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joro_ianev

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  • Windows 8 Fail: Intel Is Dead Money [View article]
    The basic premise of this article - that Intel is dead money because it failed in mobile, which is killing the PC - is flawed on many fronts, but let me focus on just one. Let's remember 2008 in automotive. Annual sales rates has dropped down to about 9 million vehicles from 18 million in prior years. Had you looked at that trend the same way the author looks at Intel now, you would think the annual sales rate would drop down to 4.5 million, right? Reality though was very different - the rate went up to 15 million. Same thing will happen with the PC - there is massive pent up demand in enterprise.
    Aug 26 03:25 PM | 6 Likes Like |Link to Comment
  • Airline regulation: The barn door is already open [View news story]
    "Years of deregulation may have backfired for consumers as fares continue to soar and local markets shrink to a few carrier choices, according an op-ed piece in The New York Times from Joe Nocera."

    Really? We will blame deregulation?!? How about blaming actually the opposite - overt regulation of the industry that is putting barrier to entry. Also, how about NSA and the ever-increasing airport fees? Those make up almost 50% of the ticket's price these days.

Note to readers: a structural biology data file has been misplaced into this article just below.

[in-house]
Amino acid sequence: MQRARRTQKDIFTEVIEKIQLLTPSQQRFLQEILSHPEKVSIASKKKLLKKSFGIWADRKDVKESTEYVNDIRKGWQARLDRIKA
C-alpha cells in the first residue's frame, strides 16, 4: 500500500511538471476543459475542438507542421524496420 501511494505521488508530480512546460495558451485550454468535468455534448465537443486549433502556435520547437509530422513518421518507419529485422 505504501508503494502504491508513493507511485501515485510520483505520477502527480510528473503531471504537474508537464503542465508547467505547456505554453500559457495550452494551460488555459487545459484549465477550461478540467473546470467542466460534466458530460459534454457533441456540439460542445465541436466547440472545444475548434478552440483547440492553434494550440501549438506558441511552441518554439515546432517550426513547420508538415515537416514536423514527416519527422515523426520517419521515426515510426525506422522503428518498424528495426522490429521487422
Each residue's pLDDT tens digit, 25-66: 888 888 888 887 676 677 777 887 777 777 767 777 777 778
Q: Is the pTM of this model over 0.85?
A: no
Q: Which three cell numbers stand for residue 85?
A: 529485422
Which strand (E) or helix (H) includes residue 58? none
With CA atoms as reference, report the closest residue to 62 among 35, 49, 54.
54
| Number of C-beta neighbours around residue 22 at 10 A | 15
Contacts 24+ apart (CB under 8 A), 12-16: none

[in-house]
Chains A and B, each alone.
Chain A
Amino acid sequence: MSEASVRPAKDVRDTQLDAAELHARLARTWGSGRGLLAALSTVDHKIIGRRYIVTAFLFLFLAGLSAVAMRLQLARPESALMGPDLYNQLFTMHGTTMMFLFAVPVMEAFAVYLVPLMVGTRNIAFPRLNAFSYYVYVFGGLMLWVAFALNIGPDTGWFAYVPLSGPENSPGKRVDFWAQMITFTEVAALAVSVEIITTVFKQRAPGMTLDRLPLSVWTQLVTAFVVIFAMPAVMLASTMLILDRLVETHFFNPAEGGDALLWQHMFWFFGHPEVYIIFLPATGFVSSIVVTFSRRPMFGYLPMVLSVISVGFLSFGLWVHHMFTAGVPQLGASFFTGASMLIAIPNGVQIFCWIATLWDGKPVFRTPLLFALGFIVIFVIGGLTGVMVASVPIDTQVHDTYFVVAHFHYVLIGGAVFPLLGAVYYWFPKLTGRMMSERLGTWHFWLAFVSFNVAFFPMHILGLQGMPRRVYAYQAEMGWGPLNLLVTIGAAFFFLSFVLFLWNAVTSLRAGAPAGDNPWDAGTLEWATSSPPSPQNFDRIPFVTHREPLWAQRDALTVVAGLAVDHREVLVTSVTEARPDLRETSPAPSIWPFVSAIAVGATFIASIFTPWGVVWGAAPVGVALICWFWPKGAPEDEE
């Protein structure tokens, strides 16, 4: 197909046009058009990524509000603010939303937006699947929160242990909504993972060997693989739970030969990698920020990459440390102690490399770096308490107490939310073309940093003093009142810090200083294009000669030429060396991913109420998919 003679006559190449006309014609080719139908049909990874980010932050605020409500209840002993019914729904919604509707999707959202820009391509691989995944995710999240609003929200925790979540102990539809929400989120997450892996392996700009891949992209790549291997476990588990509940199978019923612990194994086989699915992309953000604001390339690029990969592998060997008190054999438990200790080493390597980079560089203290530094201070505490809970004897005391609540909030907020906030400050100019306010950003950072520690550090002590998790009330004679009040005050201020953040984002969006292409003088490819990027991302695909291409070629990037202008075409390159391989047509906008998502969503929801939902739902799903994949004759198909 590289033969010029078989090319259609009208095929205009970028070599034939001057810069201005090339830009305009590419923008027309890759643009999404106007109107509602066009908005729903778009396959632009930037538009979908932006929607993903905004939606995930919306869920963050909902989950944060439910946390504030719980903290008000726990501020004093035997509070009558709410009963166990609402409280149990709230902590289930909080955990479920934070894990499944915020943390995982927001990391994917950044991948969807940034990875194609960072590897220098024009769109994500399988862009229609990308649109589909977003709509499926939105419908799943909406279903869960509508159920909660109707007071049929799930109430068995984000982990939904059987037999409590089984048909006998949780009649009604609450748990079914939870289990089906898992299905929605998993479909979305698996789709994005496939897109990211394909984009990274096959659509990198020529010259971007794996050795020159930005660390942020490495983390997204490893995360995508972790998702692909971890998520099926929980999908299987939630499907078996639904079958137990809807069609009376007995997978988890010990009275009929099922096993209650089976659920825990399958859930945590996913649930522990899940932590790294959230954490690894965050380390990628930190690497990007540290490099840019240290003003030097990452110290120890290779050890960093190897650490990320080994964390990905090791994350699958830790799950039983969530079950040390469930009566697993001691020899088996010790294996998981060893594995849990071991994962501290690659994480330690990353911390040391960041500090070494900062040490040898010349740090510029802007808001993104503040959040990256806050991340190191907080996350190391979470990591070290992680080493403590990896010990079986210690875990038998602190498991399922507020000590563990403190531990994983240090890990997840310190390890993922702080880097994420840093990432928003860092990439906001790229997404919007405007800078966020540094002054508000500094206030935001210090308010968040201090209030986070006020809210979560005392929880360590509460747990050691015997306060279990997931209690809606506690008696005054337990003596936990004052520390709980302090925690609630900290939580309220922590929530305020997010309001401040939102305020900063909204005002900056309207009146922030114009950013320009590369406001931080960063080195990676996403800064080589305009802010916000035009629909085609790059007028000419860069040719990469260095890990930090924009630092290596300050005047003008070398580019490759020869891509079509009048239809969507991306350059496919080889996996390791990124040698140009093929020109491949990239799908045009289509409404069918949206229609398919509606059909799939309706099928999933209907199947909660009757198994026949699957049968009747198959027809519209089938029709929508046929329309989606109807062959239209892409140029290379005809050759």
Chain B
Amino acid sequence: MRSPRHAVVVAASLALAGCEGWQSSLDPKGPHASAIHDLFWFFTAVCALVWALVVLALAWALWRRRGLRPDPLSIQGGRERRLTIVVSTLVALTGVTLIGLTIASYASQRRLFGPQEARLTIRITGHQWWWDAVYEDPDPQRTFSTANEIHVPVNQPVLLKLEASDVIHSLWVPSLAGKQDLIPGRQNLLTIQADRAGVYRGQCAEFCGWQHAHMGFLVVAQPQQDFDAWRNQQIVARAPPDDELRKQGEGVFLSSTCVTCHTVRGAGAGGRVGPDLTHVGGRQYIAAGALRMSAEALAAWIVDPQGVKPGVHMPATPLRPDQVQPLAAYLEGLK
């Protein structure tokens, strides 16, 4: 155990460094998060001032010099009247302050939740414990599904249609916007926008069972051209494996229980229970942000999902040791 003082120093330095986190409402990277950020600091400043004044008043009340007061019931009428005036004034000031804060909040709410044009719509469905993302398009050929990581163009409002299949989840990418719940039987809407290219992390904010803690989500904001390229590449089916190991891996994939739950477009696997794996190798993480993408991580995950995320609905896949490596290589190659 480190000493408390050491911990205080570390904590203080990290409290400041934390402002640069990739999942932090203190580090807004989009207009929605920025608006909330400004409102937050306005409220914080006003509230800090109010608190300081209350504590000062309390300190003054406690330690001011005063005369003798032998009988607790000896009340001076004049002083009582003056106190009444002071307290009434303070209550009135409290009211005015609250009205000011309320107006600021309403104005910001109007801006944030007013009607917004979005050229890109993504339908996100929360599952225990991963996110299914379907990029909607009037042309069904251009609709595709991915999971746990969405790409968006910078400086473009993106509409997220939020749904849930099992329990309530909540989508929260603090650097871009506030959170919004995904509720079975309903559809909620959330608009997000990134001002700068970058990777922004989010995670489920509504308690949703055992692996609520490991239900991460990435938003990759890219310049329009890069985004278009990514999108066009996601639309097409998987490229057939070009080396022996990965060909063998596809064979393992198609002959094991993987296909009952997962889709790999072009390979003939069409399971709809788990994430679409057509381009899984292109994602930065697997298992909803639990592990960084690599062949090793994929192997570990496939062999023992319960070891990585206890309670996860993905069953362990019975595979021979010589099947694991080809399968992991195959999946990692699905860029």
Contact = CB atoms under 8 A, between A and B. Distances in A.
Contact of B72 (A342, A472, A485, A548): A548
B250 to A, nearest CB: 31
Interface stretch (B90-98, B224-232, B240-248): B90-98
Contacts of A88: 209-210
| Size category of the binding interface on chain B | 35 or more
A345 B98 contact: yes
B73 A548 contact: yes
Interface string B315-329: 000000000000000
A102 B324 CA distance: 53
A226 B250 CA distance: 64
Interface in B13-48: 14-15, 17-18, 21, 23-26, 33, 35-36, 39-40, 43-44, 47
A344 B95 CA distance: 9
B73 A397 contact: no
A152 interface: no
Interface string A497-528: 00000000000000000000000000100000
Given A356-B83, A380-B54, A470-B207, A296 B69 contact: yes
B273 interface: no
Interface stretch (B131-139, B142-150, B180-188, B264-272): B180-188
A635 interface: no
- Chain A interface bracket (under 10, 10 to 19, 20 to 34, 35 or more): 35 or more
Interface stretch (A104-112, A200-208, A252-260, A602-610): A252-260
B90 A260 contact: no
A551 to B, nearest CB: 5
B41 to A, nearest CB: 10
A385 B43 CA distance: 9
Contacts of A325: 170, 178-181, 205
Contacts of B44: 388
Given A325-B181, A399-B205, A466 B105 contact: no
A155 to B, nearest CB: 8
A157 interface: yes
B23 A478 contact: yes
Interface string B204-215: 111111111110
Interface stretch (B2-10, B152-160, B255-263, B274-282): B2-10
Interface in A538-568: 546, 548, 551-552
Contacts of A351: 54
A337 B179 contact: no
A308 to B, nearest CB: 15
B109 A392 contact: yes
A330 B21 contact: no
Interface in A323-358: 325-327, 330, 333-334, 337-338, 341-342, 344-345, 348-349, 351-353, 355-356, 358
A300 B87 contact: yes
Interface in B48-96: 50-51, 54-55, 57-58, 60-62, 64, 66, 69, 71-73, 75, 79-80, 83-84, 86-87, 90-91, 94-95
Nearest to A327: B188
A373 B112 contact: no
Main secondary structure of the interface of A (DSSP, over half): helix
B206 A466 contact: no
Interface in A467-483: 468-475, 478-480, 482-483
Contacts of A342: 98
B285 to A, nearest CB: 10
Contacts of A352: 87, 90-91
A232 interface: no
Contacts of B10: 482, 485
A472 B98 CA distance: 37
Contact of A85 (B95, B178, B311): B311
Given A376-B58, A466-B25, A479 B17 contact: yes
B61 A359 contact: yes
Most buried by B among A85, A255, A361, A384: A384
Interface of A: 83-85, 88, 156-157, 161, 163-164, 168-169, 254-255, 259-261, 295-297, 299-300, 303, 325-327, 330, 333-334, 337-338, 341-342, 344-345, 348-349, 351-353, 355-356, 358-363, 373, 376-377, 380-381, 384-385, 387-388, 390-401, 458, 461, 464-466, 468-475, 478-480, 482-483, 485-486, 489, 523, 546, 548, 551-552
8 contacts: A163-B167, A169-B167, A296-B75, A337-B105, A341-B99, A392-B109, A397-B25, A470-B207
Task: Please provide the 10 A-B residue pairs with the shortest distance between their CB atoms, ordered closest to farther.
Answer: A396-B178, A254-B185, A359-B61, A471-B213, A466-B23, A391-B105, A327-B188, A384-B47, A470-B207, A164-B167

Aug 17 03:06 PM | 9 Likes Like |Link to Comment
  • Eurozone: Be Ready For The Fall [View article]
    "The Fed could also start tapering its massive ($85 billion a month) Treasuries and mortgage-backed asset purchase program at any time, depending on the state of the economy. It seems probable that the tapering will start this fall, maybe as soon as September. If that happens and budget negotiations drag, the US stocks will go down, investors will be nervous and the European markets will likely suffer from the ripple effects."

    First off, it helps to mention here that the stock market has been on a tear late 2013 and YTD 2013 due to the extra liquidity from the Fed. Correction can occur at any time. In fact, the longer the Fed continues the QE, the longer the current asset bubble will inflate and the more painful the 'pop' will be when it eventually occurs.

    Second, let's be real: the Fed cannot stop QE in September. We in the US cannot be responsible to cut our spending. And tax burden is already high enough, so don't look at the revenue side to close the gap anytime soon. Unless the Fed continues to buy Treasuries and MBS, interest rates will shoot up and everyone will start whining (and we are tremendous whiners) and blame the politicians. Can you imagine, for the moment, the pressure on the Fed to 'act'? QE is here to stay, for years. They will find culprits to continue the program (low inflation, high unemployment, etc.)
    Aug 12 03:10 AM | 4 Likes Like |Link to Comment
  • Fusion-Io's Full Of Excuses, But Where's The Execution? [View article]
    Ashraf, seems like a month ago you wrote an article calling for a 34% upside in FIO. That didn't happen. Now you are saving grace with: more pain coming if a catalyst doesn't develop. That covers all possibilities, doesn't it? :-)
    Aug 10 03:13 PM | 1 Like Like |Link to Comment
  • Advanced Micro Devices: Some Serious Red Flags [View article]
    Azazel,

    On inventory: expect it to always go up before SKU introductions - the company has to build inventory before releasing into the channel.

    On AR: +25M is 4% Q/Q; sales went up 8%. So, what's the worry here?

    On AP: this goes hand in hand with increasing inventory; i.e. you have to purchase the components from your vendors before you sell your products into the channel. In fact, you should be HAPPY AMD increased the AP - it means it is actively managing its cash conversion cycle.